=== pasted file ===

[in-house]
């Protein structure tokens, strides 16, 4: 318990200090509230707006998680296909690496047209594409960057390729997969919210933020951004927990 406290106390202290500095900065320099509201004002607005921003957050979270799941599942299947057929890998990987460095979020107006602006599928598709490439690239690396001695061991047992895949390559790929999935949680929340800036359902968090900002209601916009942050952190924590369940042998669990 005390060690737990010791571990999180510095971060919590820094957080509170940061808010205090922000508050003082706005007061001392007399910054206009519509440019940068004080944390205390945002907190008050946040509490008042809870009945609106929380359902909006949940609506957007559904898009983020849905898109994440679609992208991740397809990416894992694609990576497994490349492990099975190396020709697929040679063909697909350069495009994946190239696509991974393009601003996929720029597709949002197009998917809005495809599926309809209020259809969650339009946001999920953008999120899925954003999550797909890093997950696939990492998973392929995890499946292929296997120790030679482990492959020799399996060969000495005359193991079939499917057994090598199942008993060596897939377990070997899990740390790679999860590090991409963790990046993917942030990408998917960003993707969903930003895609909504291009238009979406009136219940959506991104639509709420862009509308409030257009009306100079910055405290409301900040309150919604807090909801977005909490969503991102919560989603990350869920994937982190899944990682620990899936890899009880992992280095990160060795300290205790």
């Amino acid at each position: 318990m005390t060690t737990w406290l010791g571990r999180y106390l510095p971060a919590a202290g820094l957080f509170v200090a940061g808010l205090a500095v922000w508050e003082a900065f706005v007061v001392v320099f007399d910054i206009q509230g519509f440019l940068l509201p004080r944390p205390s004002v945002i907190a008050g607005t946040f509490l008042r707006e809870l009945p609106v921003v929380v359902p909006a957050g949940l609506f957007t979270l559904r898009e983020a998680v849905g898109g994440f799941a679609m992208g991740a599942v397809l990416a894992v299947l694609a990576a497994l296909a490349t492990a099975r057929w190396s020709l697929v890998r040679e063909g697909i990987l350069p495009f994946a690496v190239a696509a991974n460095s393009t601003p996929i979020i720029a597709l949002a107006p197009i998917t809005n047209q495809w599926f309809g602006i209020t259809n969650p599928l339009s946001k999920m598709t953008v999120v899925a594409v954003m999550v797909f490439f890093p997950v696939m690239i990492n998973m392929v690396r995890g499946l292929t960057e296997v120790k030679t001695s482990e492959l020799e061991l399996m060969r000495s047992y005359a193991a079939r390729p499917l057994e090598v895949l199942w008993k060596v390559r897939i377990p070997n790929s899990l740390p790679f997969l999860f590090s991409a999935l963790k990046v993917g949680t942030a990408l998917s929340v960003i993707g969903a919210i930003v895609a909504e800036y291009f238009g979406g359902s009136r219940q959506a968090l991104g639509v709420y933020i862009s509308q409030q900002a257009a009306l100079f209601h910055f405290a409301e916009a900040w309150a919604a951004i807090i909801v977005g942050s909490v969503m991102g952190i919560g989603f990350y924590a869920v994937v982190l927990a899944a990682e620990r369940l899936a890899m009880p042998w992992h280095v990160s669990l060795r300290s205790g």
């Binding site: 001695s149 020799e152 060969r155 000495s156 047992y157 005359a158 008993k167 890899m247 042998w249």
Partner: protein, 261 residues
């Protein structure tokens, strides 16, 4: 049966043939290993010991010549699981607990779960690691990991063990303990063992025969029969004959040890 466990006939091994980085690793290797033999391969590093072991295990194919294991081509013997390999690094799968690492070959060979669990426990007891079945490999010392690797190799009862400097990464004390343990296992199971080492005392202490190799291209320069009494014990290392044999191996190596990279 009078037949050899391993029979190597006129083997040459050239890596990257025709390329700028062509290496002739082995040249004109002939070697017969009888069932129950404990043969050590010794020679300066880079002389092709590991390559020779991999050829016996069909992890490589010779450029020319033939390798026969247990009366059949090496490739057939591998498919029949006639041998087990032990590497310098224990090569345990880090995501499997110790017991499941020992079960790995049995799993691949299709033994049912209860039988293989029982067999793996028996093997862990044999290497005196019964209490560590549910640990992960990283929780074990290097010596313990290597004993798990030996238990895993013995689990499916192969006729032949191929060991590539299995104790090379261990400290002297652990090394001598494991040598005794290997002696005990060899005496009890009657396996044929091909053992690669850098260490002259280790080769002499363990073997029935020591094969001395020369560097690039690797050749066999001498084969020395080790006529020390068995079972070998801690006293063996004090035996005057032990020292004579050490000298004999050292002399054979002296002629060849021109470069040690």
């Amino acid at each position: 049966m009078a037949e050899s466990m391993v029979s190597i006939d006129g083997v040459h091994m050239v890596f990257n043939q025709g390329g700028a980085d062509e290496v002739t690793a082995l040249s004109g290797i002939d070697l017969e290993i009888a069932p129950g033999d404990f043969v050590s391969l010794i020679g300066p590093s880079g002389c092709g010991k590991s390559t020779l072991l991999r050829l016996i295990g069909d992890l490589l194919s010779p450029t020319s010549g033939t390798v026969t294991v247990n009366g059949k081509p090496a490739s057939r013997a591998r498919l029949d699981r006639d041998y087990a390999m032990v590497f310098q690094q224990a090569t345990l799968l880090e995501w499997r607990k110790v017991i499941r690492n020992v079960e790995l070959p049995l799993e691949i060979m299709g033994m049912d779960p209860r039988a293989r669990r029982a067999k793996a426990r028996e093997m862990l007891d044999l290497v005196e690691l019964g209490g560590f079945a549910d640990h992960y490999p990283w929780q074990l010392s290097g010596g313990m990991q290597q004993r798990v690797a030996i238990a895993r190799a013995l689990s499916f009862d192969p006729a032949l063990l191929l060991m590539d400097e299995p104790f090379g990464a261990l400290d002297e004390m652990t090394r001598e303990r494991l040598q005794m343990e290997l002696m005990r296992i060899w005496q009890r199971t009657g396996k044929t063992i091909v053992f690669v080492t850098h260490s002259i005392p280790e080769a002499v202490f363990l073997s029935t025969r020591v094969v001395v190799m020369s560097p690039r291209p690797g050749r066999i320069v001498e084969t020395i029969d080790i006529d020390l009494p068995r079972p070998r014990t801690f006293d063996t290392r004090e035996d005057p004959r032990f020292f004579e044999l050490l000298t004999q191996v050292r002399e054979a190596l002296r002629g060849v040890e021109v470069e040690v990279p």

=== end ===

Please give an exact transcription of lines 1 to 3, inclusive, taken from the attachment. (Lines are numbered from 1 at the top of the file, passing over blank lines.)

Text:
[in-house]
């Protein structure tokens, strides 16, 4: 318990200090509230707006998680296909690496047209594409960057390729997969919210933020951004927990 406290106390202290500095900065320099509201004002607005921003957050979270799941599942299947057929890998990987460095979020107006602006599928598709490439690239690396001695061991047992895949390559790929999935949680929340800036359902968090900002209601916009942050952190924590369940042998669990 005390060690737990010791571990999180510095971060919590820094957080509170940061808010205090922000508050003082706005007061001392007399910054206009519509440019940068004080944390205390945002907190008050946040509490008042809870009945609106929380359902909006949940609506957007559904898009983020849905898109994440679609992208991740397809990416894992694609990576497994490349492990099975190396020709697929040679063909697909350069495009994946190239696509991974393009601003996929720029597709949002197009998917809005495809599926309809209020259809969650339009946001999920953008999120899925954003999550797909890093997950696939990492998973392929995890499946292929296997120790030679482990492959020799399996060969000495005359193991079939499917057994090598199942008993060596897939377990070997899990740390790679999860590090991409963790990046993917942030990408998917960003993707969903930003895609909504291009238009979406009136219940959506991104639509709420862009509308409030257009009306100079910055405290409301900040309150919604807090909801977005909490969503991102919560989603990350869920994937982190899944990682620990899936890899009880992992280095990160060795300290205790």
């Amino acid at each position: 318990m005390t060690t737990w406290l010791g571990r999180y106390l510095p971060a919590a202290g820094l957080f509170v200090a940061g808010l205090a500095v922000w508050e003082a900065f706005v007061v001392v320099f007399d910054i206009q509230g519509f440019l940068l509201p004080r944390p205390s004002v945002i907190a008050g607005t946040f509490l008042r707006e809870l009945p609106v921003v929380v359902p909006a957050g949940l609506f957007t979270l559904r898009e983020a998680v849905g898109g994440f799941a679609m992208g991740a599942v397809l990416a894992v299947l694609a990576a497994l296909a490349t492990a099975r057929w190396s020709l697929v890998r040679e063909g697909i990987l350069p495009f994946a690496v190239a696509a991974n460095s393009t601003p996929i979020i720029a597709l949002a107006p197009i998917t809005n047209q495809w599926f309809g602006i209020t259809n969650p599928l339009s946001k999920m598709t953008v999120v899925a594409v954003m999550v797909f490439f890093p997950v696939m690239i990492n998973m392929v690396r995890g499946l292929t960057e296997v120790k030679t001695s482990e492959l020799e061991l399996m060969r000495s047992y005359a193991a079939r390729p499917l057994e090598v895949l199942w008993k060596v390559r897939i377990p070997n790929s899990l740390p790679f997969l999860f590090s991409a999935l963790k990046v993917g949680t942030a990408l998917s929340v960003i993707g969903a919210i930003v895609a909504e800036y291009f238009g979406g359902s009136r219940q959506a968090l991104g639509v709420y933020i862009s509308q409030q900002a257009a009306l100079f209601h910055f405290a409301e916009a900040w309150a919604a951004i807090i909801v977005g942050s909490v969503m991102g952190i919560g989603f990350y924590a869920v994937v982190l927990a899944a990682e620990r369940l899936a890899m009880p042998w992992h280095v990160s669990l060795r300290s205790g």